Last week, the Treasury announced a ban on the charges that many online retailers – and some shops – apply when processing purchases made via a debit or credit card. This will apply from the start of next year and be Europe-wide. But it will not stop banks applying foreign usage fees or overseas cash machine providers charging a fee for withdrawing cash.

Here is how to avoid falling into the tourist spending trap.

Cash is king

If you do prefer to pay in cash when abroad, then be sure to get your currency ahead of travelling.

Comparison websites such as Travel Money Max can flag up the best rates and the nearest branches where currency can be bought. Many foreign exchange companies will deliver your spending money for a small fee or let you collect in person for free.

Feeling burned: Mark and Joanna Aitchison were hit by card fees after visiting Majorca

Peer-to-peer

Websites such as WeSwap now let you buy currency from people who have come back from holiday with spare dollars or euros.

The idea is that both buyer and seller get a better exchange rate than on the high street. But the downside is you have to wait seven days to get it unless you want to pay a fee, so it is not for those heading off on a last-minute getaway.

Money you buy is loaded on to a card, like a currency card (see below), and you can then withdraw cash from an ATM. But there are charges if you only withdraw small amounts.

Currency traps to avoid

If you pay for anything on plastic while abroad remember to always use the local currency. It means you will not fall prey to so-called dynamic currency conversion where the local bank sets the exchange rate in its favour, not yours.

Do not exchange your money at the airport. A bureau de change in a departure lounge knows you are a captive customer so will invariably offer you a dismal exchange rate.

If you have left it to the last minute it can often be better to wait until you get to your destination before buying your dollars or euros.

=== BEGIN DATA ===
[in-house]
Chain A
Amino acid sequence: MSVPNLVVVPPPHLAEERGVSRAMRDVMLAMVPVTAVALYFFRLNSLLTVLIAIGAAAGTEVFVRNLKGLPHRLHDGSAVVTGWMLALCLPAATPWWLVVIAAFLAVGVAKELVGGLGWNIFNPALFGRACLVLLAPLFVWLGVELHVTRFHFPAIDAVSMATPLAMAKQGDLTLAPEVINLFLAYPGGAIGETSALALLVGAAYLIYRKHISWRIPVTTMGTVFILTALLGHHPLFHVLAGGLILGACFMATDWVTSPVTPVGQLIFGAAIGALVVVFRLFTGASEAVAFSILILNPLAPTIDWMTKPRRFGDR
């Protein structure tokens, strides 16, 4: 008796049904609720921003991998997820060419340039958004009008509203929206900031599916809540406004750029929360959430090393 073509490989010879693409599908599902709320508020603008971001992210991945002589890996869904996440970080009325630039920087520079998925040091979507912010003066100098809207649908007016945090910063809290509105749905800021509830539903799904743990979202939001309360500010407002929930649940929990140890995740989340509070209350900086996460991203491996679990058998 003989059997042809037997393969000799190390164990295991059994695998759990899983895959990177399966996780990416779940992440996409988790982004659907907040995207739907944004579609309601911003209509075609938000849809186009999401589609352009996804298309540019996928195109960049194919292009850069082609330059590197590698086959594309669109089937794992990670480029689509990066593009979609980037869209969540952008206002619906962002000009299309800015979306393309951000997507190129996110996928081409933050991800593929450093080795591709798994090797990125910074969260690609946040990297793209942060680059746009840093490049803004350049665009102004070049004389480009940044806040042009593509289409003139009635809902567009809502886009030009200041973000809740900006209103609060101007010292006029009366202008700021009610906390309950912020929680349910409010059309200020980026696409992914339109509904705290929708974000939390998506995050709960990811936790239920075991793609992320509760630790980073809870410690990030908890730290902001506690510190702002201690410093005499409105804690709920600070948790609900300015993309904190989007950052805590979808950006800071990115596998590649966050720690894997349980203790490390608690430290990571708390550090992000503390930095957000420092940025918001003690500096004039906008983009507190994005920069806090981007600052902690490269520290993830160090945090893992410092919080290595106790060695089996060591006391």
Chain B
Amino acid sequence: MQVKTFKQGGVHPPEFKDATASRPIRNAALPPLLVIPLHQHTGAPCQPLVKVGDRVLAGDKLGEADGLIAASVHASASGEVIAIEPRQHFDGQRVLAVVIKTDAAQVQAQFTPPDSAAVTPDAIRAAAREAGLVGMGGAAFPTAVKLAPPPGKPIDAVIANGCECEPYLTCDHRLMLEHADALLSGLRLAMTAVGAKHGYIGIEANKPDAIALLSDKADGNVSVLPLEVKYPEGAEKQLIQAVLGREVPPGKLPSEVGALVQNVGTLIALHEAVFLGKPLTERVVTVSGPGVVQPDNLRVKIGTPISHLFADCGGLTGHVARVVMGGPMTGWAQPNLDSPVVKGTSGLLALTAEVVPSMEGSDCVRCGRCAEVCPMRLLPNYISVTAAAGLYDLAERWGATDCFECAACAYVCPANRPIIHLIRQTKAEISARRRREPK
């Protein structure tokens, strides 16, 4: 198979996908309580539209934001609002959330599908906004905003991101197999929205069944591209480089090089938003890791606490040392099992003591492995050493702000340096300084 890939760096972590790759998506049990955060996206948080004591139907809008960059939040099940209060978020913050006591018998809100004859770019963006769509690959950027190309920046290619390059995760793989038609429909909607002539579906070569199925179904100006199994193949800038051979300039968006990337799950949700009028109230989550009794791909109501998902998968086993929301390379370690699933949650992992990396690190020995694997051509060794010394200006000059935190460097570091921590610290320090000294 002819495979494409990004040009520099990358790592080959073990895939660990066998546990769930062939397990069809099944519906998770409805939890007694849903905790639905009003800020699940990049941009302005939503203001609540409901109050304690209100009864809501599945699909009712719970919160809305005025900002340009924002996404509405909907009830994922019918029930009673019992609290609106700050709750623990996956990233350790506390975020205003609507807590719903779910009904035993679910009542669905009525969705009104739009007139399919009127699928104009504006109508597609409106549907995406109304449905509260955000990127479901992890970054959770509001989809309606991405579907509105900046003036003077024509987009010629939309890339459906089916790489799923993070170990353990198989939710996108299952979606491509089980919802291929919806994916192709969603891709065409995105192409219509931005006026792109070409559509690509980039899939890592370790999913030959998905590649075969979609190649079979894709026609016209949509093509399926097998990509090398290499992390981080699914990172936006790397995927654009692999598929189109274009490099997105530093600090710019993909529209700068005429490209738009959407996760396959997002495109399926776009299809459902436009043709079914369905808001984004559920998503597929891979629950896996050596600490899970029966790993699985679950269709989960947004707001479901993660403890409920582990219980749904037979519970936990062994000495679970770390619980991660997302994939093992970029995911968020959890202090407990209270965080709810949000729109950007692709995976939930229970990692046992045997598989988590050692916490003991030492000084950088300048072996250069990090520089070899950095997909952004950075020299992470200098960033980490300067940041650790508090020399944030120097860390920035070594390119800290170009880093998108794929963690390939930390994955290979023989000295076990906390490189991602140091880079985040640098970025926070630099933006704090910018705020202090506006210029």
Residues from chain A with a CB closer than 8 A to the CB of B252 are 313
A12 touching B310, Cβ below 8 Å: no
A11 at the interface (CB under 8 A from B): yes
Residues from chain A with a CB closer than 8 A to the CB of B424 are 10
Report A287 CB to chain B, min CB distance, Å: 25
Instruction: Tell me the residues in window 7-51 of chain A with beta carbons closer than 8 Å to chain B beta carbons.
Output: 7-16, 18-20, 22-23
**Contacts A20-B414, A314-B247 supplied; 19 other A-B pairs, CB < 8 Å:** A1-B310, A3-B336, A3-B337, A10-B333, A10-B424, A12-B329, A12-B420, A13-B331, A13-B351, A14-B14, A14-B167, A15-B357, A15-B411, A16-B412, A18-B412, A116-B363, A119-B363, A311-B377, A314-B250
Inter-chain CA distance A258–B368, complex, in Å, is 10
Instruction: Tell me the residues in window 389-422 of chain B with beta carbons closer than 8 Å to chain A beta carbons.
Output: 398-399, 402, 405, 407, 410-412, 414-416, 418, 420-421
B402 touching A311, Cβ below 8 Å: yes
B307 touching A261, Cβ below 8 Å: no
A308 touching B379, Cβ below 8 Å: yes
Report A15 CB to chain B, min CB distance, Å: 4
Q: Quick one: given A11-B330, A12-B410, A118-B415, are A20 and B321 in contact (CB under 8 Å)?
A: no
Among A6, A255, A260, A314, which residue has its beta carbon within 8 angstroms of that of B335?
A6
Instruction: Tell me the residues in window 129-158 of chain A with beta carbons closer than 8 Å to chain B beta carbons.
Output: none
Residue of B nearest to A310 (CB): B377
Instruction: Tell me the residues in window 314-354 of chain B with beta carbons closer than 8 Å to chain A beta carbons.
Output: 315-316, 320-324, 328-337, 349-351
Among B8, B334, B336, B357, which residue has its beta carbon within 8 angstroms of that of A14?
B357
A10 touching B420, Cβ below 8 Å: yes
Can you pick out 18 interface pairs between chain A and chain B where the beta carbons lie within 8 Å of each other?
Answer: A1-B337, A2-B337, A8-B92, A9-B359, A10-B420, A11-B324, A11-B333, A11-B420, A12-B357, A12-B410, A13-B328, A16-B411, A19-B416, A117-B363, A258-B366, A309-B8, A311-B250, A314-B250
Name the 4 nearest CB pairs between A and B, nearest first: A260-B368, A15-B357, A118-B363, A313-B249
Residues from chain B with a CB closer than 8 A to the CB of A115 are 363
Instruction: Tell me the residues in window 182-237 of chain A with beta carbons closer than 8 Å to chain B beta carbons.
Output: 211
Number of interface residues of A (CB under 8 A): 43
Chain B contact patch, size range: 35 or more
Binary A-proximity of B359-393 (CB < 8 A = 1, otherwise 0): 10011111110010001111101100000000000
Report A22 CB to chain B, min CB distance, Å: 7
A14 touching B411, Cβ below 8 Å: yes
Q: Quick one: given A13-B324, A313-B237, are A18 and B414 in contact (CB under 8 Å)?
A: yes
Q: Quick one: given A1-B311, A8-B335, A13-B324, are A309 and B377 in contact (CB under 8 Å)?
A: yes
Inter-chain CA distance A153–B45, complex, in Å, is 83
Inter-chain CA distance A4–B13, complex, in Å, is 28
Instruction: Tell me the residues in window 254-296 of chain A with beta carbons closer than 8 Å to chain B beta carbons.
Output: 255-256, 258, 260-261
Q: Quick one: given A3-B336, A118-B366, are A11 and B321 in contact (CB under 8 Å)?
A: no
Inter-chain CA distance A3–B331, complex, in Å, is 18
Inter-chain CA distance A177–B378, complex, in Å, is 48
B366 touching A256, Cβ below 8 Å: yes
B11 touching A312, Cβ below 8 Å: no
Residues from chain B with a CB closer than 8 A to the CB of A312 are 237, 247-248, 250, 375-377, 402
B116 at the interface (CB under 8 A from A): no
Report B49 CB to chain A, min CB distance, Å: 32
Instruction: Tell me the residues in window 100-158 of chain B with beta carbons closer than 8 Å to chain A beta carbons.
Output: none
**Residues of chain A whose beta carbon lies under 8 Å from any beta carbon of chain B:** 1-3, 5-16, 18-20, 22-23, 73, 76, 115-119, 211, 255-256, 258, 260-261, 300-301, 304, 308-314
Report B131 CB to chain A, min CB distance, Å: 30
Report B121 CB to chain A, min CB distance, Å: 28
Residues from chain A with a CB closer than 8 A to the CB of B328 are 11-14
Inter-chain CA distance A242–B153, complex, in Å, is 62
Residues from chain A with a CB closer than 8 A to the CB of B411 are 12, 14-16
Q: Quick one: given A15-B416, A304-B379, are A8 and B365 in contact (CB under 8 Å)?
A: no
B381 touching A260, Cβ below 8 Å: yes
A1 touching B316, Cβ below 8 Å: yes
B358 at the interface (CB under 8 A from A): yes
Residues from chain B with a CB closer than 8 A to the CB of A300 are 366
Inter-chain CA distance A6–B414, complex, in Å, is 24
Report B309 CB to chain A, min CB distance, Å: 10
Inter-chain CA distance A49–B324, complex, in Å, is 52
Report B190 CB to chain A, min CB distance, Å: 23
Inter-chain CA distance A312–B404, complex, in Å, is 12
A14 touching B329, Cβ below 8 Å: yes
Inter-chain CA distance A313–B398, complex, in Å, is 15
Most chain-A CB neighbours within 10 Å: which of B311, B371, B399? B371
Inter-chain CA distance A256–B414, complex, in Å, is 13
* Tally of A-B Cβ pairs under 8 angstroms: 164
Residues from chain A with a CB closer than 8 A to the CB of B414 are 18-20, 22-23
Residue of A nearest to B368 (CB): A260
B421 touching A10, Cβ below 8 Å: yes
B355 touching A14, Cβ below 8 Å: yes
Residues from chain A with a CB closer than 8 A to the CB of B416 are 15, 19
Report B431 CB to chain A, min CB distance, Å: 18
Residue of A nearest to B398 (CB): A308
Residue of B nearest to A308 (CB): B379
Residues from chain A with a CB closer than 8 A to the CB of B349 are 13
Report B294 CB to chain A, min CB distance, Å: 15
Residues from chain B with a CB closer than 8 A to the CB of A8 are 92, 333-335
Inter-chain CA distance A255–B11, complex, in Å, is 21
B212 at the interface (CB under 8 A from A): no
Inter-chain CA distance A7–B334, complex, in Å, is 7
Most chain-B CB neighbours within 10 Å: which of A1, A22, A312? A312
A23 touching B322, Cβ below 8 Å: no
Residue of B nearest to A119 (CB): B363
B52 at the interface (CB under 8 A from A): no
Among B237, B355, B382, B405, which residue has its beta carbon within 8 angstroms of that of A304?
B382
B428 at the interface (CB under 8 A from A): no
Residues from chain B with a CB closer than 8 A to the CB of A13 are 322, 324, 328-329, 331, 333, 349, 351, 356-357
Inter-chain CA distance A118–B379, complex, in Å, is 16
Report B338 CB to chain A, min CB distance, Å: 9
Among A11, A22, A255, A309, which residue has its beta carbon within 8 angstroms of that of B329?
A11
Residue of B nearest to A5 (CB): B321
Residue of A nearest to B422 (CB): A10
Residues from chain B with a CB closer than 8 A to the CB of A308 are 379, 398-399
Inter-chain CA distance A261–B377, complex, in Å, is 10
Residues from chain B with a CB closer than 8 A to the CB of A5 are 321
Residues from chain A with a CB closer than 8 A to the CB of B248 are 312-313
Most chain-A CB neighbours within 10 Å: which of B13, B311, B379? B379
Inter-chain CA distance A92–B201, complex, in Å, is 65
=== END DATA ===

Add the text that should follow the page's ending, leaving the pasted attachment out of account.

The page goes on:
Stick to your holiday budget. It is easy to overspend when you are converting foreign currency into pounds in your head.

Downloading a budgeting app where you can log each purchase can help you keep track of your holiday spending.

PRE-LOAD YOUR PLASTIC AND LOCK IN A DECENT RATE

One option: The Halifax Clarity card

Currency cards let you pre-load currency, which means you lock in the rate you pay. Your money is also protected if the provider goes bust.

But it is important to check the small print as some card issuers will charge you to load money, while others will apply an ‘inactivity charge’ in months you do not use the card. The exchange rates on offer are also not always competitive.

If you are happy to manage the money on your currency card through an app on your mobile phone then the Monzo card is a sound choice with no charge applied to spending.

Locking in a rate now is great if the pound falls further, but the risk is that the exchange rate improves and you miss out. Websites such as FairFx can let you set up an alert to inform you if the exchange rate reaches a predetermined level.

>This is Money reader offer: Get a free prepaid currency card from FairFX with a £10 top up 

While it is free to use your debit card at home, most banks will charge you for flashing the plastic while abroad.

Some banks charge a flat fee for each purchase, often as high as £2.50 a time, while others will charge a percentage of the value of the transaction, as much as 3 per cent. For withdrawing cash, banks will typically charge a percentage of the amount you withdraw, with a minimum fee of £3 for each visit to a foreign cash machine. If you do want to pay with plastic then using a credit card can get you a better deal.

For example, the Halifax Clarity card does not impose overseas transaction fees. But it applies interest of 18.9 per cent to any card balances not cleared promptly. Post Office Platinum, Royal Bank of Scotland (Reward Black) and Santander (All in One) also do not apply foreign usage fees.

Originally from: http://www.thisismoney.co.uk/money/holidays/article-4720400/Save-money-abroad-don-t-pay-debit-card.html

On – 22 Jul, 2017 By Holly Black